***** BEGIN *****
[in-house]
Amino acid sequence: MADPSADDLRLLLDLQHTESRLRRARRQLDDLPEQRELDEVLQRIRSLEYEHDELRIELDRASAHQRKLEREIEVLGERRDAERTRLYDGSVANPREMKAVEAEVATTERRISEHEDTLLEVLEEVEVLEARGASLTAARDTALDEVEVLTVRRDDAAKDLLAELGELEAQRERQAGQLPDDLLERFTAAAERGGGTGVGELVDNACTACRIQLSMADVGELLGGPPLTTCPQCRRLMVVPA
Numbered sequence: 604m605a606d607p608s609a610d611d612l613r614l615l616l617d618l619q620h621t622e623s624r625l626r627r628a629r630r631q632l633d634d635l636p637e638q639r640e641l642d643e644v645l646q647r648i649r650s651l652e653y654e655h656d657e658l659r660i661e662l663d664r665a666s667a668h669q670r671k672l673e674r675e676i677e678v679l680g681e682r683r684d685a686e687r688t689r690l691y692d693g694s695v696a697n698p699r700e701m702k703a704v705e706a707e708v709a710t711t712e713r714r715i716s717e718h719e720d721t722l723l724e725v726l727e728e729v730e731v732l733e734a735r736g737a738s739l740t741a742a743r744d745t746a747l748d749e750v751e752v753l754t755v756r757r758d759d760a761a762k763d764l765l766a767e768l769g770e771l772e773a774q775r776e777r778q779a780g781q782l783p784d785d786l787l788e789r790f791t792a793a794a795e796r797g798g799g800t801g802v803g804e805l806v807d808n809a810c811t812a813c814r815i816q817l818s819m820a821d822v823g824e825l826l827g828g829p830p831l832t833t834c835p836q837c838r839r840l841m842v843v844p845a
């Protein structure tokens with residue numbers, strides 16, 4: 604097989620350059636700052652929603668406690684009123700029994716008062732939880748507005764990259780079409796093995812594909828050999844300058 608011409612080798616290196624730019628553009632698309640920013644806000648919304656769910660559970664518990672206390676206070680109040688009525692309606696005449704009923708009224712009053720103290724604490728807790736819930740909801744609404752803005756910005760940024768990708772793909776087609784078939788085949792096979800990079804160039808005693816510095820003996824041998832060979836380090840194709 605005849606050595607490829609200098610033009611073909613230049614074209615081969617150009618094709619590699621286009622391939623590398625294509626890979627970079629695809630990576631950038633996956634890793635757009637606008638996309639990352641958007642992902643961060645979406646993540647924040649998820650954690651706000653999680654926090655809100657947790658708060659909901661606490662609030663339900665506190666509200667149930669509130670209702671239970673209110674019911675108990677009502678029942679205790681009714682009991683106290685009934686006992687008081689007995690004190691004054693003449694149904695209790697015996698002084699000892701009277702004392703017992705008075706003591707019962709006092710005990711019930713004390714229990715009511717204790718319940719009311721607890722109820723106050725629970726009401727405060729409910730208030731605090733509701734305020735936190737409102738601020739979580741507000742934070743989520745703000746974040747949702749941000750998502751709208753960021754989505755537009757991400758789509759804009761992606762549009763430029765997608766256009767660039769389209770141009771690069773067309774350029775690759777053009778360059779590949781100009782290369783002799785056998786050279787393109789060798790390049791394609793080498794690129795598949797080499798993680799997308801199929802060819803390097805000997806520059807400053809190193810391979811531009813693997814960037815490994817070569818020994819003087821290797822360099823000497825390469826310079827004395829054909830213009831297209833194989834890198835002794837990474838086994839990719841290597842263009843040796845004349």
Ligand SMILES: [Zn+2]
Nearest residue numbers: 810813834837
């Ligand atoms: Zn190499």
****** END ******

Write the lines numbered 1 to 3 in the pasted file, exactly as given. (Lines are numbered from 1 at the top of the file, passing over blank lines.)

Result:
[in-house]
Amino acid sequence: MADPSADDLRLLLDLQHTESRLRRARRQLDDLPEQRELDEVLQRIRSLEYEHDELRIELDRASAHQRKLEREIEVLGERRDAERTRLYDGSVANPREMKAVEAEVATTERRISEHEDTLLEVLEEVEVLEARGASLTAARDTALDEVEVLTVRRDDAAKDLLAELGELEAQRERQAGQLPDDLLERFTAAAERGGGTGVGELVDNACTACRIQLSMADVGELLGGPPLTTCPQCRRLMVVPA
Numbered sequence: 604m605a606d607p608s609a610d611d612l613r614l615l616l617d618l619q620h621t622e623s624r625l626r627r628a629r630r631q632l633d634d635l636p637e638q639r640e641l642d643e644v645l646q647r648i649r650s651l652e653y654e655h656d657e658l659r660i661e662l663d664r665a666s667a668h669q670r671k672l673e674r675e676i677e678v679l680g681e682r683r684d685a686e687r688t689r690l691y692d693g694s695v696a697n698p699r700e701m702k703a704v705e706a707e708v709a710t711t712e713r714r715i716s717e718h719e720d721t722l723l724e725v726l727e728e729v730e731v732l733e734a735r736g737a738s739l740t741a742a743r744d745t746a747l748d749e750v751e752v753l754t755v756r757r758d759d760a761a762k763d764l765l766a767e768l769g770e771l772e773a774q775r776e777r778q779a780g781q782l783p784d785d786l787l788e789r790f791t792a793a794a795e796r797g798g799g800t801g802v803g804e805l806v807d808n809a810c811t812a813c814r815i816q817l818s819m820a821d822v823g824e825l826l827g828g829p830p831l832t833t834c835p836q837c838r839r840l841m842v843v844p845a